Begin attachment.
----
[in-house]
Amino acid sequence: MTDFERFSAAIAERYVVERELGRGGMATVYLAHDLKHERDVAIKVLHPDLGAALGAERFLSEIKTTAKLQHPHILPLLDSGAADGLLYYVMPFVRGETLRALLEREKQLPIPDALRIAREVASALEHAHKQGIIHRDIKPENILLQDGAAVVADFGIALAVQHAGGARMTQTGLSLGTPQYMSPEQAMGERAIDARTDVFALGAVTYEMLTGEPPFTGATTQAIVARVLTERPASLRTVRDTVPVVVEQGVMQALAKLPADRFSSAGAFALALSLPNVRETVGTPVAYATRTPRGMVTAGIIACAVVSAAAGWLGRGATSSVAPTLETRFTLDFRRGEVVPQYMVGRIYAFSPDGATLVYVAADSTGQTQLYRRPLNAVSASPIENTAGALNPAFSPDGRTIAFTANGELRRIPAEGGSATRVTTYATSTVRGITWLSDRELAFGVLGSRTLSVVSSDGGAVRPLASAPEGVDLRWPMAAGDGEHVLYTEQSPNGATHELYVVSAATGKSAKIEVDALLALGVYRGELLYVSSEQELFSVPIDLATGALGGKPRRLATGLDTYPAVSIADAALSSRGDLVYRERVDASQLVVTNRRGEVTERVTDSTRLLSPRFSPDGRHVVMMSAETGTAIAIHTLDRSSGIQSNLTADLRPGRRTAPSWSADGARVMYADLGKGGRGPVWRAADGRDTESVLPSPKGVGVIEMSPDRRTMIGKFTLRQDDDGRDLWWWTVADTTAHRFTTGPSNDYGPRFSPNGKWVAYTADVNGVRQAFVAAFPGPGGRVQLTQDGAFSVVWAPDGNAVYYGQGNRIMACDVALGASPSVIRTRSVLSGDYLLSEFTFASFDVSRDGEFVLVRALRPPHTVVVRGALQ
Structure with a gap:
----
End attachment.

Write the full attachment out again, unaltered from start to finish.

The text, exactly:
[in-house]
Amino acid sequence: MTDFERFSAAIAERYVVERELGRGGMATVYLAHDLKHERDVAIKVLHPDLGAALGAERFLSEIKTTAKLQHPHILPLLDSGAADGLLYYVMPFVRGETLRALLEREKQLPIPDALRIAREVASALEHAHKQGIIHRDIKPENILLQDGAAVVADFGIALAVQHAGGARMTQTGLSLGTPQYMSPEQAMGERAIDARTDVFALGAVTYEMLTGEPPFTGATTQAIVARVLTERPASLRTVRDTVPVVVEQGVMQALAKLPADRFSSAGAFALALSLPNVRETVGTPVAYATRTPRGMVTAGIIACAVVSAAAGWLGRGATSSVAPTLETRFTLDFRRGEVVPQYMVGRIYAFSPDGATLVYVAADSTGQTQLYRRPLNAVSASPIENTAGALNPAFSPDGRTIAFTANGELRRIPAEGGSATRVTTYATSTVRGITWLSDRELAFGVLGSRTLSVVSSDGGAVRPLASAPEGVDLRWPMAAGDGEHVLYTEQSPNGATHELYVVSAATGKSAKIEVDALLALGVYRGELLYVSSEQELFSVPIDLATGALGGKPRRLATGLDTYPAVSIADAALSSRGDLVYRERVDASQLVVTNRRGEVTERVTDSTRLLSPRFSPDGRHVVMMSAETGTAIAIHTLDRSSGIQSNLTADLRPGRRTAPSWSADGARVMYADLGKGGRGPVWRAADGRDTESVLPSPKGVGVIEMSPDRRTMIGKFTLRQDDDGRDLWWWTVADTTAHRFTTGPSNDYGPRFSPNGKWVAYTADVNGVRQAFVAAFPGPGGRVQLTQDGAFSVVWAPDGNAVYYGQGNRIMACDVALGASPSVIRTRSVLSGDYLLSEFTFASFDVSRDGEFVLVRALRPPHTVVVRGALQ
Structure with a gap: